presented here has received the largest

press response to date of all our musical


Anton Ferdinand Titz,

the brilliant eccentric

When the violin virtuoso and composer

Anton Ferdinand Titz died in St. Petersburg in

December 1810, he was a well-known figure

all over Europe. The Leipzig based Allgemeine

Musikalische Zeitung had reported in 1805 on

the personal circumstances of the emotionally

disturbed violinist from St. Petersburg who,

after a glittering career at court, had been

taken into the home of the art patron Grigori

Teplow. The young Louis Spohr, who visited

Titz in St. Petersburg in 1803, commenting on

the work of his older contemporary, declared

that Titz was “undoubtedly a musical genius,

as is adequately proved by his compositions.”

But it was only a short time later that new trends

in musical development, which were romantic

and national-based, led to this representative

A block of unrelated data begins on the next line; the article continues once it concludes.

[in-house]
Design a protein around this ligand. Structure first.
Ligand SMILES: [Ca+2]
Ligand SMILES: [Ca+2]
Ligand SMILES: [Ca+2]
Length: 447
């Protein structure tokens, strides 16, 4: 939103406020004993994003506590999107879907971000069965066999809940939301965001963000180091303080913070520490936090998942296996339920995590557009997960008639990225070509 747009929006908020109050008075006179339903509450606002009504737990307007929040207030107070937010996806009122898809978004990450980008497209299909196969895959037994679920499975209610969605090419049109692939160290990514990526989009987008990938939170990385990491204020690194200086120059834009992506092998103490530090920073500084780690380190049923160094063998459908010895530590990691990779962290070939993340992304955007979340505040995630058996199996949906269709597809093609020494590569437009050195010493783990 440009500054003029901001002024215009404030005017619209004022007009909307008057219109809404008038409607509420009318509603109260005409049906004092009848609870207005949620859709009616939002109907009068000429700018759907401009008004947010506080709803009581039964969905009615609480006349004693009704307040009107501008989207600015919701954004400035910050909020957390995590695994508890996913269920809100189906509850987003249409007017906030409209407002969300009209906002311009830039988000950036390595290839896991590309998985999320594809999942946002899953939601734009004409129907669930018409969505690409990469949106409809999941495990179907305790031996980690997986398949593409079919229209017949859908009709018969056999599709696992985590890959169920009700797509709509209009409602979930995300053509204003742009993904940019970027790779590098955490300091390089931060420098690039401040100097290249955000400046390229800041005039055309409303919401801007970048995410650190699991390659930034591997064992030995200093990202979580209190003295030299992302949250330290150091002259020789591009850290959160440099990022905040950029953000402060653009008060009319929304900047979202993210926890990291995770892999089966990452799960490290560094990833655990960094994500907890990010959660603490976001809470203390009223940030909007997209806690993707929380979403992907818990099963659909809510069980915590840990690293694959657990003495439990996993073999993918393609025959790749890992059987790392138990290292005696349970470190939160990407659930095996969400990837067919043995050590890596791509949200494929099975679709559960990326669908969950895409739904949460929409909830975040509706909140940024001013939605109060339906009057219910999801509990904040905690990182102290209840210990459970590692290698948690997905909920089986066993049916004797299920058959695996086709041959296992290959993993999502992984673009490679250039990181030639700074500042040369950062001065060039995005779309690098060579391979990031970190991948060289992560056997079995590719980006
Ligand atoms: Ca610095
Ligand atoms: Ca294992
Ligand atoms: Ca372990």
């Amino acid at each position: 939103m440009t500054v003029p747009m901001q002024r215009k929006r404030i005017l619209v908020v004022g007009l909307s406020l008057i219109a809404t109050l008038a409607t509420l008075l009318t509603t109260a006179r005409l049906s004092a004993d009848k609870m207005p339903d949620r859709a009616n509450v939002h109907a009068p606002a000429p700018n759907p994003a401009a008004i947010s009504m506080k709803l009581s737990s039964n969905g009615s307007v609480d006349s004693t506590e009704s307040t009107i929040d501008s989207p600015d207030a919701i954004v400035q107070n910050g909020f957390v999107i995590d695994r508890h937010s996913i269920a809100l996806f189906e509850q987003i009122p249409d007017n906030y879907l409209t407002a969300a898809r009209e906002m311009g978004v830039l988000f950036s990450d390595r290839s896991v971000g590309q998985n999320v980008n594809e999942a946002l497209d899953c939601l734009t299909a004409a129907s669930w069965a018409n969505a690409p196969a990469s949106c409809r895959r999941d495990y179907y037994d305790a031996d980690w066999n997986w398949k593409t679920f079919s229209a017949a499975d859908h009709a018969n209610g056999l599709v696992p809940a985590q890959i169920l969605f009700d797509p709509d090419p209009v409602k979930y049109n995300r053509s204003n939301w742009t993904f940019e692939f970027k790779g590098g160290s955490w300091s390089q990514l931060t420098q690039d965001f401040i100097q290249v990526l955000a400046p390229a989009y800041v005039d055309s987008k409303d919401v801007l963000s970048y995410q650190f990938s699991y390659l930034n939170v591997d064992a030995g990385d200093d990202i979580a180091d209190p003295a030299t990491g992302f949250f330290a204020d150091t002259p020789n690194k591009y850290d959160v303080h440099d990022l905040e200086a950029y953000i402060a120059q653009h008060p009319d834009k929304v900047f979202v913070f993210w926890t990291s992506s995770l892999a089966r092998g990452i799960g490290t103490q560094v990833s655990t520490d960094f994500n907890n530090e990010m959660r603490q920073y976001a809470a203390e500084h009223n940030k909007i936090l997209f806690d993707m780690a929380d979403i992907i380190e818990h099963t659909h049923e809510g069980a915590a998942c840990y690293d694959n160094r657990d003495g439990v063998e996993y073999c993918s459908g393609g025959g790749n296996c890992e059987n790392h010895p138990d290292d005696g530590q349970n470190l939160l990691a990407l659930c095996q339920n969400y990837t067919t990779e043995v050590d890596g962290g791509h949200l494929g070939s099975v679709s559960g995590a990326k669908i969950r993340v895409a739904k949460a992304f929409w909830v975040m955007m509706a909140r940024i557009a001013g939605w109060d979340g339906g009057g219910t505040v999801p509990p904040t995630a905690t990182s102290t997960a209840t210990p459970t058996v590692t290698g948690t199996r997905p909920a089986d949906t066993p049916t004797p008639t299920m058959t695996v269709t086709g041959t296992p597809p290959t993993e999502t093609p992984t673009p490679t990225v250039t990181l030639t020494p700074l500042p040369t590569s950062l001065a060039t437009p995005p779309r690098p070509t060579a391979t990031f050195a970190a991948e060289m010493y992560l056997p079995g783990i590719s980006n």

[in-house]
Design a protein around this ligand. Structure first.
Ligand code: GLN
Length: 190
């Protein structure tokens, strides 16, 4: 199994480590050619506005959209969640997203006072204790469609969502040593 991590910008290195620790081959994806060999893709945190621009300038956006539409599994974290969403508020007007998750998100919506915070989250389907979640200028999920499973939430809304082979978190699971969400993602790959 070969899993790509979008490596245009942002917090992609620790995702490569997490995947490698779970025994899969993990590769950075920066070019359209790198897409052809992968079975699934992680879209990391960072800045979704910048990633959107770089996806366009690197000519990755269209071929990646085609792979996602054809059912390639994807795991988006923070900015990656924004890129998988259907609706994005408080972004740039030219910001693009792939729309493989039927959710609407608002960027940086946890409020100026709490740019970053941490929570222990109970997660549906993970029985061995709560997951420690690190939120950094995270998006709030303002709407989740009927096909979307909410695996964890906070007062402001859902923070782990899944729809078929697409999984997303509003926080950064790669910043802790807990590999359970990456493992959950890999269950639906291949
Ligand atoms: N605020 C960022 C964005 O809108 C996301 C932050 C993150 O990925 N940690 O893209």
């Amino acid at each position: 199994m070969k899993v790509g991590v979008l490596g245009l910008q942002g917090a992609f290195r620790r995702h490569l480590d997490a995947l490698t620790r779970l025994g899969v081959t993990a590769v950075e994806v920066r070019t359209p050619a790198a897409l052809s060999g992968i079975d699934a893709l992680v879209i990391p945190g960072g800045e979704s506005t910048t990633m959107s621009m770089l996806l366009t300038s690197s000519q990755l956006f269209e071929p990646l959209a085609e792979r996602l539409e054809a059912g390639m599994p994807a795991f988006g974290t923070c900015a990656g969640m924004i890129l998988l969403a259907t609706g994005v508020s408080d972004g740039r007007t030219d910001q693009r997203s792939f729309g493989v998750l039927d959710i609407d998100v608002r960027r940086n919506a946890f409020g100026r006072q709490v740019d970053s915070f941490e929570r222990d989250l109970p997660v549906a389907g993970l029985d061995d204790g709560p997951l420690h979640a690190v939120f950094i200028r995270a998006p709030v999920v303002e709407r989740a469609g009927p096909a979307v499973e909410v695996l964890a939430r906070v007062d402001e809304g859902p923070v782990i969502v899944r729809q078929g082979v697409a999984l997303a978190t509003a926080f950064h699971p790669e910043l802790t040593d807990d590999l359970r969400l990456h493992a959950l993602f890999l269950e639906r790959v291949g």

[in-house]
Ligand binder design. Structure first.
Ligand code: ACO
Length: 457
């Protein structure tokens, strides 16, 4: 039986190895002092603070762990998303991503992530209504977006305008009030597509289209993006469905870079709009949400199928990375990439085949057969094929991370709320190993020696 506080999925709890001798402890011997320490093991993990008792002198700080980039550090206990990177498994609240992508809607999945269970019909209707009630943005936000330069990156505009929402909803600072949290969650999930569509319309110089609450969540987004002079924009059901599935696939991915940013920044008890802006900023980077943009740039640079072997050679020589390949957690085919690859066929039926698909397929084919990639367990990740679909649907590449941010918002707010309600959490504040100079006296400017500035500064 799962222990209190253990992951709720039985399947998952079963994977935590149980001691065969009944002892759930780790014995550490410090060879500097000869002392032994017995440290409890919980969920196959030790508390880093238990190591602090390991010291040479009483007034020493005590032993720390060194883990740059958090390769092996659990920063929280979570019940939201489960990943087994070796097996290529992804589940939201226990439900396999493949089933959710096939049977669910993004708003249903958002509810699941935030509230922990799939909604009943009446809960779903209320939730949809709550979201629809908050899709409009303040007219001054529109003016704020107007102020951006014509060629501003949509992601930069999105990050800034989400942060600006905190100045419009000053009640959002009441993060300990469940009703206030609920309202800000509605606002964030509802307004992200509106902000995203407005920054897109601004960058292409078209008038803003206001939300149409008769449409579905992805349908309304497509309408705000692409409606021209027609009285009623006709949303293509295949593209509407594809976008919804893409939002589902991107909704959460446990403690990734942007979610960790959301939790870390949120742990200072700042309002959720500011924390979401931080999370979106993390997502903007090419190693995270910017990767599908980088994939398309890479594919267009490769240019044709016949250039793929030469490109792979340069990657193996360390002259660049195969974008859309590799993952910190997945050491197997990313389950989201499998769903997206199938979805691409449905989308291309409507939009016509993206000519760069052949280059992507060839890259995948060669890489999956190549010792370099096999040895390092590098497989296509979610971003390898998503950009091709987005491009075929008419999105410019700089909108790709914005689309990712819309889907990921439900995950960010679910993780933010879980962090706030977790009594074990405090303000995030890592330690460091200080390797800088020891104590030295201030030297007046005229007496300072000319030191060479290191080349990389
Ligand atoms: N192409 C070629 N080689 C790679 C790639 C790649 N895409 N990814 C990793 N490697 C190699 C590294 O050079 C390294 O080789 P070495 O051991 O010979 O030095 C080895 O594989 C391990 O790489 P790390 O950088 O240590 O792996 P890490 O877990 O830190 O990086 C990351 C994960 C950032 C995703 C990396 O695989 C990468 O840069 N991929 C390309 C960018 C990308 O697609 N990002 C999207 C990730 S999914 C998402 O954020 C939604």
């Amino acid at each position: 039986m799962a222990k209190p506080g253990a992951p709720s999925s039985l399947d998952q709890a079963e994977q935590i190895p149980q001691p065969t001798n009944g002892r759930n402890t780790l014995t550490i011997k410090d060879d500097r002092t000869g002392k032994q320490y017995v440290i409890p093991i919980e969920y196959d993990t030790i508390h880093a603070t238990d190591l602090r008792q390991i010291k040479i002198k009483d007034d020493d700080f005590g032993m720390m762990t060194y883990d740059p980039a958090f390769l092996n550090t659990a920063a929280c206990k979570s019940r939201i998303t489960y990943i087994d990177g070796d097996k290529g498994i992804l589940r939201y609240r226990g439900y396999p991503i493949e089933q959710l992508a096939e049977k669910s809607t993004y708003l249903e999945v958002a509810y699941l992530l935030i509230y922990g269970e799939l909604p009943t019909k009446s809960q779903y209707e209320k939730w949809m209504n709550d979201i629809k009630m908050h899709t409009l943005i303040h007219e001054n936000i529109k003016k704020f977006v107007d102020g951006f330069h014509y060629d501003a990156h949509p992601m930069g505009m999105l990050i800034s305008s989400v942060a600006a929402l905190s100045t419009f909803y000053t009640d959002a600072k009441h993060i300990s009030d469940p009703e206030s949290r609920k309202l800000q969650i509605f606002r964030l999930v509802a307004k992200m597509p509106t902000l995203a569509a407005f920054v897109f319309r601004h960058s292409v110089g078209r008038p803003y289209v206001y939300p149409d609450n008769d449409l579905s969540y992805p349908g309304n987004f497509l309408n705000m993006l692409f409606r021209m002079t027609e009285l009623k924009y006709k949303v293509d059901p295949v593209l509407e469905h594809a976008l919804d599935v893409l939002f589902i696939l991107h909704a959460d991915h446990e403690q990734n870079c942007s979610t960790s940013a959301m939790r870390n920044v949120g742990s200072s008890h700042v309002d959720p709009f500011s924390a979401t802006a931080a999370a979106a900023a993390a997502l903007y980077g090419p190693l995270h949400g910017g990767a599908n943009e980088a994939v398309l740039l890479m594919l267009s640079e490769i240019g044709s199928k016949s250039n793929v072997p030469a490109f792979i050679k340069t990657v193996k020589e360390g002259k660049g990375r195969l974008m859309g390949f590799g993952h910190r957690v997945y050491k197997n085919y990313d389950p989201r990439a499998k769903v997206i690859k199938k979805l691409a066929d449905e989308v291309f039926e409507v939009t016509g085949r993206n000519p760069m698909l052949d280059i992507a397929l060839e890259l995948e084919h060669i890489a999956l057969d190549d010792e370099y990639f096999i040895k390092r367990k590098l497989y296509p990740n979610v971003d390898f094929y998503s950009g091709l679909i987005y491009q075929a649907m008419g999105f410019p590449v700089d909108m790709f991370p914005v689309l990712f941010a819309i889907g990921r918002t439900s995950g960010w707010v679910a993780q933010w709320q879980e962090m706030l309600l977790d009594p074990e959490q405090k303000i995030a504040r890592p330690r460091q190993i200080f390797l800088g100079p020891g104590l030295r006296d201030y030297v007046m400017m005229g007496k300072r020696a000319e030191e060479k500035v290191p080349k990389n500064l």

of supranational music culture falling into

obscurity. It is only in our own time that we

have re-discovered memories of this brilliant

eccentric, a German who wrote musical history

in St. Petersburg. Both as a performer and a

composer he was responsible for introducing

into his adopted home of Russia the core genre

of the string quartet, which he had nurtured

through his contact with Mozart and Haydn in

Vienna. The Hoffmeister Quartet has recorded

for the first time all twelve surviving quartets,

described by the magazine fono forum as

“an exceptionally vibrant and sparkling